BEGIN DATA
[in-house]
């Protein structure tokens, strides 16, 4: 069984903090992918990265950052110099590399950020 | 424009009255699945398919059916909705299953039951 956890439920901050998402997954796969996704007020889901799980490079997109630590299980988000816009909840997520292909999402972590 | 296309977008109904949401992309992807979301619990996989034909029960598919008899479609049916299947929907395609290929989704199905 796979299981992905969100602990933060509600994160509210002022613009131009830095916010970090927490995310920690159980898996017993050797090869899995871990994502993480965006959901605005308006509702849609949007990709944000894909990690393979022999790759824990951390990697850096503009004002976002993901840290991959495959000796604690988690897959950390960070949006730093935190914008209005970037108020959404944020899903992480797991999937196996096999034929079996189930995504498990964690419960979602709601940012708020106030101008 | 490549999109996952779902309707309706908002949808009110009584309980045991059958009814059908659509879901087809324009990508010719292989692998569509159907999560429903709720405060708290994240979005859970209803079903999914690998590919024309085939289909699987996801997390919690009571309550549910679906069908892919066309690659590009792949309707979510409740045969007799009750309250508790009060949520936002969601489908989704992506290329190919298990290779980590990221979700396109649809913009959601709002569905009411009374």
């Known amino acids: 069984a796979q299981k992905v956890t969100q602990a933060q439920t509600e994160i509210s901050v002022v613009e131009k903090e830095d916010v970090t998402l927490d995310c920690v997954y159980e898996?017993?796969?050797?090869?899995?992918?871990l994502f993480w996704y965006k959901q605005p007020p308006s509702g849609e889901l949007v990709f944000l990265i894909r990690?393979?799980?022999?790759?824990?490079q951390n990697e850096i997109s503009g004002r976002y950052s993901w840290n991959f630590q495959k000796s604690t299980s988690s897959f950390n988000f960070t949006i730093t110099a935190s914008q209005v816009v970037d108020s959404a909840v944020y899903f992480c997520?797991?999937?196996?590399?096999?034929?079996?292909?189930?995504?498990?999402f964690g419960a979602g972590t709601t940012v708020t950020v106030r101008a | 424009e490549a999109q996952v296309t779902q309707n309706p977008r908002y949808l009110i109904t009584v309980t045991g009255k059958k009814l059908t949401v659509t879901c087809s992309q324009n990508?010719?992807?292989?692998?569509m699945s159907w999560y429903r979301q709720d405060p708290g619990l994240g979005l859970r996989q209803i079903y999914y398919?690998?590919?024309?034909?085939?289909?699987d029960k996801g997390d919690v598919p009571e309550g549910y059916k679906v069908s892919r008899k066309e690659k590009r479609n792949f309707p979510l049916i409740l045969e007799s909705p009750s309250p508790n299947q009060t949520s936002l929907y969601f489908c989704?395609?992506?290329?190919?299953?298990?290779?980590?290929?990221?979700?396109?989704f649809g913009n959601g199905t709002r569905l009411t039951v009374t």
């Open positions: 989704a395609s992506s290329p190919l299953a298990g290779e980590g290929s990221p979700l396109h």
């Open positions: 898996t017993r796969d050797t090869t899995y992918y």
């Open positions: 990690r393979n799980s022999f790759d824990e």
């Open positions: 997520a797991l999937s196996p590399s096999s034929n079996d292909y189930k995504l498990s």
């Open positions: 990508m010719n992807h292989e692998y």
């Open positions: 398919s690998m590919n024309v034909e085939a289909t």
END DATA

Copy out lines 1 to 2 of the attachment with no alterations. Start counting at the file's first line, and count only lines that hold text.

[in-house]
């Protein structure tokens, strides 16, 4: 069984903090992918990265950052110099590399950020 | 424009009255699945398919059916909705299953039951 956890439920901050998402997954796969996704007020889901799980490079997109630590299980988000816009909840997520292909999402972590 | 296309977008109904949401992309992807979301619990996989034909029960598919008899479609049916299947929907395609290929989704199905 796979299981992905969100602990933060509600994160509210002022613009131009830095916010970090927490995310920690159980898996017993050797090869899995871990994502993480965006959901605005308006509702849609949007990709944000894909990690393979022999790759824990951390990697850096503009004002976002993901840290991959495959000796604690988690897959950390960070949006730093935190914008209005970037108020959404944020899903992480797991999937196996096999034929079996189930995504498990964690419960979602709601940012708020106030101008 | 490549999109996952779902309707309706908002949808009110009584309980045991059958009814059908659509879901087809324009990508010719292989692998569509159907999560429903709720405060708290994240979005859970209803079903999914690998590919024309085939289909699987996801997390919690009571309550549910679906069908892919066309690659590009792949309707979510409740045969007799009750309250508790009060949520936002969601489908989704992506290329190919298990290779980590990221979700396109649809913009959601709002569905009411009374």